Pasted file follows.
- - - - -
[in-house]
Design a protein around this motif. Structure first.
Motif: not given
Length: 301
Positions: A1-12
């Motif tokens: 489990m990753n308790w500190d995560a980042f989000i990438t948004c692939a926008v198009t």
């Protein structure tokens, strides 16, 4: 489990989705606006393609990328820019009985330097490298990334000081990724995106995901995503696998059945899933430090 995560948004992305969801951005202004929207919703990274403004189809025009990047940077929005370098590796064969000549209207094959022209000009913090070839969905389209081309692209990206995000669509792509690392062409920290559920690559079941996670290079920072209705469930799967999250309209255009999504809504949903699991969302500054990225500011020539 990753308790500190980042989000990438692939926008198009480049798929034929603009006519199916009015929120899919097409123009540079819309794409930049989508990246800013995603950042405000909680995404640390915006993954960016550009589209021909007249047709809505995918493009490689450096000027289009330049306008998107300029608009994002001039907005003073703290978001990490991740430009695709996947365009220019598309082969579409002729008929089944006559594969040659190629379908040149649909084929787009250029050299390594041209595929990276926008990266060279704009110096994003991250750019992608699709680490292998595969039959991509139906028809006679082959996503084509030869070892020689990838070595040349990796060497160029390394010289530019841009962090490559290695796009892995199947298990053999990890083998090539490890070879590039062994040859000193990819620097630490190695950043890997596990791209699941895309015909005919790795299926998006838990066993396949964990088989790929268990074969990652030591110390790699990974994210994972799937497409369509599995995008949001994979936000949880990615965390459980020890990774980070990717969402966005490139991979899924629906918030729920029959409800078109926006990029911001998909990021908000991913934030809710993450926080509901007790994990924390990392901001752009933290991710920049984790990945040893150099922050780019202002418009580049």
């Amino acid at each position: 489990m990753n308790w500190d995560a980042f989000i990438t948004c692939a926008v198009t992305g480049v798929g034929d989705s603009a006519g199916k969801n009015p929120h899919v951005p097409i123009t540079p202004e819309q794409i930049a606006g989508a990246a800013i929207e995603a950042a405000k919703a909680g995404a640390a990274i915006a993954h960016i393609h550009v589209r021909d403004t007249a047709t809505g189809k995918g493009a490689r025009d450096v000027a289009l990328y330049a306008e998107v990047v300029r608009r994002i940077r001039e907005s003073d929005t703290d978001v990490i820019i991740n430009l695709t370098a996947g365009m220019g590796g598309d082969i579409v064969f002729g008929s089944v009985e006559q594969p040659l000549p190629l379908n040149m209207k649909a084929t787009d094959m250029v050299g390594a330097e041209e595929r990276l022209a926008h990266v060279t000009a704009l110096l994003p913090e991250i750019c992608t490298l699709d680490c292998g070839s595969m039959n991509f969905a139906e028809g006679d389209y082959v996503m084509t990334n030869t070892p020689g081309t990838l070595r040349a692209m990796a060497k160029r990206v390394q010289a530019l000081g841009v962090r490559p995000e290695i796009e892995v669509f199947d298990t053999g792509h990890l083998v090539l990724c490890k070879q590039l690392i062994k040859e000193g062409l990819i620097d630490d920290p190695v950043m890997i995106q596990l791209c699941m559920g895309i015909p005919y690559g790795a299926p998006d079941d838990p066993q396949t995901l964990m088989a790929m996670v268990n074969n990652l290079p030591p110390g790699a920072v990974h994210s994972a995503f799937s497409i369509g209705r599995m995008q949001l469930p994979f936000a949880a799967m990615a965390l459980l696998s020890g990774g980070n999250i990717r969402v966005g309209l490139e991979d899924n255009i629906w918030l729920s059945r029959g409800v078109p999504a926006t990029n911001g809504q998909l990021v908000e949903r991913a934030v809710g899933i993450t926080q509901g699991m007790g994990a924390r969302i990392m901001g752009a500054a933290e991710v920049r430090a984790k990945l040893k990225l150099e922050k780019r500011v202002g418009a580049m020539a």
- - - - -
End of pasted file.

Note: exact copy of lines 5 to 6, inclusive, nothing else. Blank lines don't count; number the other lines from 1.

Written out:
Positions: A1-12
């Motif tokens: 489990m990753n308790w500190d995560a980042f989000i990438t948004c692939a926008v198009t």